Liberal religion doesn’t take one all the way to the zero-gravity world, but one can see it from there.
Most men feel nausea when being is unbearably light; most feel terror when it is unbearably grave. The first man sickens because, at the end of all things, he sees nothing but Nothing. The second man sickens because, at the end of all things, he sees nothing but Hell.
Between these poles lies a Goldilocks world in which being is neither too light nor too grave, but instead just right. This Goldilocks world is awful. It is not awful in the vulgar sense of “atrocious,” but in the proper sense of “conducive to awe.” And what is awe? Edmund Burke defined it as “tranquility shadowed with horror,” which I take to mean lightness of being tethered to gravity of being. For Burke, awe is the afterclap of terror, the transient state of a man’s mind “upon escaping some imminent danger.” Awe is fear subsiding into peace, which is why Burke likened it to “the tossing of the sea . . . after a storm” (2).
A driver who has just narrowly avoided a fatal collision sits on the roadside in a state of awe. Likewise a hiker who has just clawed his way back from the shelving lip of a cliff, or a swimmer who is crawling onto the beach, having narrowly fought free of the undertow. Everyone knows the transient gravity of an awful brush with death. This is one reason there are so many daredevils in our zero-gravity world. Hanging from a cliff, jumping from an airplane, leaping through flames on a motorbike: these are attempts to tether being grown unbearably light. That unemployed actor in Boston—no daredevil—was attempting to do much the same thing with his “authentic life,” his “deliberate acts,” his “deeds.”
You have heard, no doubt, that “God is Awesome,” or at the very least read it on a bumper sticker. No doubt this is true; but it is also an unserious, zero-gravity way to think about God, because it suggests that God is not serious. If we wish to be serious, we should say, “God is Awful.” (We could print this on bumper stickers and get toots of approval from sub-literate atheists.) God is properly awful because, meditating on God, the Christian should feel “tranquility shadowed with horror.” True and lasting gravity of being comes, not from an awful brush with death, but from an awful brush with damnation.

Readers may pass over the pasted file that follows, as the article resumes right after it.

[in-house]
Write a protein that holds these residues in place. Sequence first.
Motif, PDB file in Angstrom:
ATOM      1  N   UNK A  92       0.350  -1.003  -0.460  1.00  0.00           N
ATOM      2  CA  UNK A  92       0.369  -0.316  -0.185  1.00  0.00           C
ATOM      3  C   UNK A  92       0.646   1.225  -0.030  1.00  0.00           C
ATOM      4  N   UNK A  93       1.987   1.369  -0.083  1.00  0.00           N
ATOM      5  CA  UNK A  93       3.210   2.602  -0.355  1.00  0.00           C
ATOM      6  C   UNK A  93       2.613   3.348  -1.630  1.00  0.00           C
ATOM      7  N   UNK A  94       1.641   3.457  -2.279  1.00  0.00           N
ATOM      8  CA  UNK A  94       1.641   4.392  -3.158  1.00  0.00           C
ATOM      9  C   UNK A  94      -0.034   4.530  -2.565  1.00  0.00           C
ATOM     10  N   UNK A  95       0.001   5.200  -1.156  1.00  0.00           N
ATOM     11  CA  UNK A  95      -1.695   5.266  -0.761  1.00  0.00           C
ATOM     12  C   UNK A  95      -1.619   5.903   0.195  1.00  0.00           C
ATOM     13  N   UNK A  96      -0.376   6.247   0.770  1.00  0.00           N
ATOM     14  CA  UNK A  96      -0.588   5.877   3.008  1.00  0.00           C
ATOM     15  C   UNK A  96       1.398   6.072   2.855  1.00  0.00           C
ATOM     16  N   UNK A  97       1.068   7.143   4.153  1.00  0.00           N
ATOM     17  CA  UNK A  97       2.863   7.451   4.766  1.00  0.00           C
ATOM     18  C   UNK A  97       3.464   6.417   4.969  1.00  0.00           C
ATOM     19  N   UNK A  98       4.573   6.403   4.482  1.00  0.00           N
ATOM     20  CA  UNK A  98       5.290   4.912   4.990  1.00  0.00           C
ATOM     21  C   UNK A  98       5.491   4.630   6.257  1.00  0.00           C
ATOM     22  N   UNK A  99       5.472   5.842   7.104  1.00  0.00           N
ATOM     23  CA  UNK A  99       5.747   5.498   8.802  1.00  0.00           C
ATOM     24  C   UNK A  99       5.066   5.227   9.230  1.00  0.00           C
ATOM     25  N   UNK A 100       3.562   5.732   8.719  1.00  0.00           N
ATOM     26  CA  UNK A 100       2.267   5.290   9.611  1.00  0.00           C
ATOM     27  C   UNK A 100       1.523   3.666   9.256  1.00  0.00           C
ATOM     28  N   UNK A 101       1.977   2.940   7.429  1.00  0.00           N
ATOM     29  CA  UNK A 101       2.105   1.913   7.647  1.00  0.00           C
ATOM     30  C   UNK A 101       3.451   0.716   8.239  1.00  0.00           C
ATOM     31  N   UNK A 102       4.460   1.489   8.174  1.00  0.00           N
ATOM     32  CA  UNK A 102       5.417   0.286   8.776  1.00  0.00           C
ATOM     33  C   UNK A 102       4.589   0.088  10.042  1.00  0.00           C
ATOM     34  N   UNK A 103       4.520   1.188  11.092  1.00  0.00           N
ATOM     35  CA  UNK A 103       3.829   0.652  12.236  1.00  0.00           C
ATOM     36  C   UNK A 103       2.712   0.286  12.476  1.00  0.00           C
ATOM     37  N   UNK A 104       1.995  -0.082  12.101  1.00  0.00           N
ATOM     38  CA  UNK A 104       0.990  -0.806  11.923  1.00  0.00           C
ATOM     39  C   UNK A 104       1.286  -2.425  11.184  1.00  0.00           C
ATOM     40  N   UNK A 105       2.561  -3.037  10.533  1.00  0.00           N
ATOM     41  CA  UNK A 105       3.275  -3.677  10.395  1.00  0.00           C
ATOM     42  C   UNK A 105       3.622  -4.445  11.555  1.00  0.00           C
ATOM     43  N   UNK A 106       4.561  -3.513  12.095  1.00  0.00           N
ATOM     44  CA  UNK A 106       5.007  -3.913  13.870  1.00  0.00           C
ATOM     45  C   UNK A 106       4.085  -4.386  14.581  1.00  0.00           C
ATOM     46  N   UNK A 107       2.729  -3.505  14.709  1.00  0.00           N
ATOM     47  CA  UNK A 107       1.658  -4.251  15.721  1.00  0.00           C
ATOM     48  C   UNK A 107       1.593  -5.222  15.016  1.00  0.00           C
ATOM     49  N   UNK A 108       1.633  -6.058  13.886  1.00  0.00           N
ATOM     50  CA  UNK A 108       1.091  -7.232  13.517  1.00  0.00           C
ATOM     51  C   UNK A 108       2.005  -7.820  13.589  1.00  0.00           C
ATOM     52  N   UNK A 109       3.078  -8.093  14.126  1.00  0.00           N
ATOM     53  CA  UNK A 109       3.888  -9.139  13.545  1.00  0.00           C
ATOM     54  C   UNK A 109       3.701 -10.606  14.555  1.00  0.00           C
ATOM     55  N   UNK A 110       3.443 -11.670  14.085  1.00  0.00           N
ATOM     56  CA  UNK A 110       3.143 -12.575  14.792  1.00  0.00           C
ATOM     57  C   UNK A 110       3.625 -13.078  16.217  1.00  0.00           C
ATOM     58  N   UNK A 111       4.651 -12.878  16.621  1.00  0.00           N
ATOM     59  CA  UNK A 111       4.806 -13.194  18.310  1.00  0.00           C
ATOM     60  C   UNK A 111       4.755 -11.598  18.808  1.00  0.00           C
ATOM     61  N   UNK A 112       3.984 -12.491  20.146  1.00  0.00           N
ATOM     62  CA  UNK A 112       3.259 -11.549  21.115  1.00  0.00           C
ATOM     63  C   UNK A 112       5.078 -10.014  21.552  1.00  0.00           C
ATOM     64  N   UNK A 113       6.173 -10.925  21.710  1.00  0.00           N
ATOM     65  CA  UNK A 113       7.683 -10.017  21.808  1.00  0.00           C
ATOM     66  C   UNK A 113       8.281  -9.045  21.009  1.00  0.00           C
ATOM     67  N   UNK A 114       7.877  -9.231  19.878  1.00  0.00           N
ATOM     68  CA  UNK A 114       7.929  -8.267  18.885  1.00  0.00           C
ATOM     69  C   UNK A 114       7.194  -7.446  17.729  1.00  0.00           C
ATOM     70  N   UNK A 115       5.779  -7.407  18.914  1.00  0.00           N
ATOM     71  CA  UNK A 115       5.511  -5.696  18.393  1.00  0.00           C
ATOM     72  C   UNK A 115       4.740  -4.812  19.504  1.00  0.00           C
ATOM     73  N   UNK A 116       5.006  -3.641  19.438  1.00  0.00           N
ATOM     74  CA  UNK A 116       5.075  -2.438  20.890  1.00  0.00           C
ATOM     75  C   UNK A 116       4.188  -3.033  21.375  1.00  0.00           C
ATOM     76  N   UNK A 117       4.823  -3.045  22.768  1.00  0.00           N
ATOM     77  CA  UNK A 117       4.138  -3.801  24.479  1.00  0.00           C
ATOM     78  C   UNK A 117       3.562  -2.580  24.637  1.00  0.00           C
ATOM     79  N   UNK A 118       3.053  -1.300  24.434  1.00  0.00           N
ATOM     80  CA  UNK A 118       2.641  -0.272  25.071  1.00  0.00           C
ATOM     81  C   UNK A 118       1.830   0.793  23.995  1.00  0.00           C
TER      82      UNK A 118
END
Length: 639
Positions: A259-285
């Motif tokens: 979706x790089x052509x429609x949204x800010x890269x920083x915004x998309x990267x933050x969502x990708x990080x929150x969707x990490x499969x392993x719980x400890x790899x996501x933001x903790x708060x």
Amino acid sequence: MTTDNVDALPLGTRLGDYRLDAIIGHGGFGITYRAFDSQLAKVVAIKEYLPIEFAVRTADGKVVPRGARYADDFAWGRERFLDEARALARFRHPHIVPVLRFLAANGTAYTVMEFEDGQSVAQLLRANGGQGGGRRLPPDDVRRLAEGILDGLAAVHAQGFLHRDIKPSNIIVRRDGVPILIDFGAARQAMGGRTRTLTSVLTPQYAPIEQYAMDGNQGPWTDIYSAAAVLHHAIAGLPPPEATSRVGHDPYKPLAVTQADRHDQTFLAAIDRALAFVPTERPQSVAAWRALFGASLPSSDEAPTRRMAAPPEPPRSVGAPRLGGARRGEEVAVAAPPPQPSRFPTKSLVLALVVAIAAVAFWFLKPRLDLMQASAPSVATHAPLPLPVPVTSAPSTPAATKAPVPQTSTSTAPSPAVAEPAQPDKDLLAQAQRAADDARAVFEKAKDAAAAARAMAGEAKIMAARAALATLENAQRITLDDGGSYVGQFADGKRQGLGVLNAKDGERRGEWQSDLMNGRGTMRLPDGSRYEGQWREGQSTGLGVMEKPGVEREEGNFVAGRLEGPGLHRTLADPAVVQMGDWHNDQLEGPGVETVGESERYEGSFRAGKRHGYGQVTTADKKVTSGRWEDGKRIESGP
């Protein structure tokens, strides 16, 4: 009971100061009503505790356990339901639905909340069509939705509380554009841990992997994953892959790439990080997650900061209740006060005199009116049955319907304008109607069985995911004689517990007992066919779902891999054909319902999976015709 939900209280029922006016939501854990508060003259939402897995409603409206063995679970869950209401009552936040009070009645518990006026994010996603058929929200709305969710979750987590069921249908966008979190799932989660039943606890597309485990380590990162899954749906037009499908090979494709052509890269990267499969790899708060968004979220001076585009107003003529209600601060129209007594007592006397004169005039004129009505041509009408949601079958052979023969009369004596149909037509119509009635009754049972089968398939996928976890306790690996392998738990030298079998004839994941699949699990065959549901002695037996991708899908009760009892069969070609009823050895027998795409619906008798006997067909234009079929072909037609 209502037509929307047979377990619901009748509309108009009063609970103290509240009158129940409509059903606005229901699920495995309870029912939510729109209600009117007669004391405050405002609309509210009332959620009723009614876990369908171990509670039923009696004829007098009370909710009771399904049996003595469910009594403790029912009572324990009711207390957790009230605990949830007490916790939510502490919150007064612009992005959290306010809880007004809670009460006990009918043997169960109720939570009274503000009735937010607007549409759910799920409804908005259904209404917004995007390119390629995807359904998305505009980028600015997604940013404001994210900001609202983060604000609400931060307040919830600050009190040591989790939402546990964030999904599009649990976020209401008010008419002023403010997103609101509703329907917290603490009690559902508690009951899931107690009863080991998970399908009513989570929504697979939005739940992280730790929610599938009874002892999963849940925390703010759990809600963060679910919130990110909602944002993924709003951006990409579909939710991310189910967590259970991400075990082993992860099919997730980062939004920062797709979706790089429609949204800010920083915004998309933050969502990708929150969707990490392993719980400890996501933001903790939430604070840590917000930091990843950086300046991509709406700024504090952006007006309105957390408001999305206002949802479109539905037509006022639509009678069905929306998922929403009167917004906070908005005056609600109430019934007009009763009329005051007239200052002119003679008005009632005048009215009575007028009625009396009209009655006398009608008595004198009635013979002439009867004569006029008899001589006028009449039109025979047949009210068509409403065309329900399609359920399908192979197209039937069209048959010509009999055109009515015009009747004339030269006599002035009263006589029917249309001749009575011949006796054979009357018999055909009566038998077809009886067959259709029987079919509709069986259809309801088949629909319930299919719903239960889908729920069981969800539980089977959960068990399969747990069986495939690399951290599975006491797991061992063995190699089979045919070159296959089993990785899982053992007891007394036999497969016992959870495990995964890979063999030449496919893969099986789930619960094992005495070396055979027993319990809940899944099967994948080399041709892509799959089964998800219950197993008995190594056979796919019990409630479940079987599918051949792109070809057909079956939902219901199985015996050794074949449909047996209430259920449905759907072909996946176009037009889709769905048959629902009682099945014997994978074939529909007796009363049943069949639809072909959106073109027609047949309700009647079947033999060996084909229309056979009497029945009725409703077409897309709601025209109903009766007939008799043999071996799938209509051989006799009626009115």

Here is Issac Watts, again, on this sort of salutary terror. We should reflect from time to time, he writes, that in no time at all “we shall be swept off the stage of this visible state into an unseen and eternal world,” and then as the shock of this terrible thought subsides, we should “stand still here, and consider . . . what awful and important thoughts are contained in this sentence . . .” (3).
Sitting on that Boston rooftop thirty years ago, I was unacquainted with these awful and important thoughts. I knew what the zero-gravity world felt like, but I had no idea what these feelings meant, or how they might be cured. Perhaps the last remedy I would have imagined is the “fear and trembling” that St. Paul recommended to the Philippians, but this turned out to be the antidote.
The Christian should hope, even as he fears and trembles, but he should fear and tremble nonetheless. If his religion and its symbols do not give rise to “tranquility shadowed with horror,” it is not a religion and they are not religious symbols. They are just babbling and baubles in the zero-gravity world.
(1) Isaac Watts, The World to Come (Bungay: T. Kinnersley, 1813), p. 395
(2) Edmund Burke, A Philosophical Enquiry into the Origin of Our Ideas of the Sublime and Beautiful, fifth edition (London” J. Dodsley, 1767), pp. 49-50.
(3) Watts, World to Come, p. 2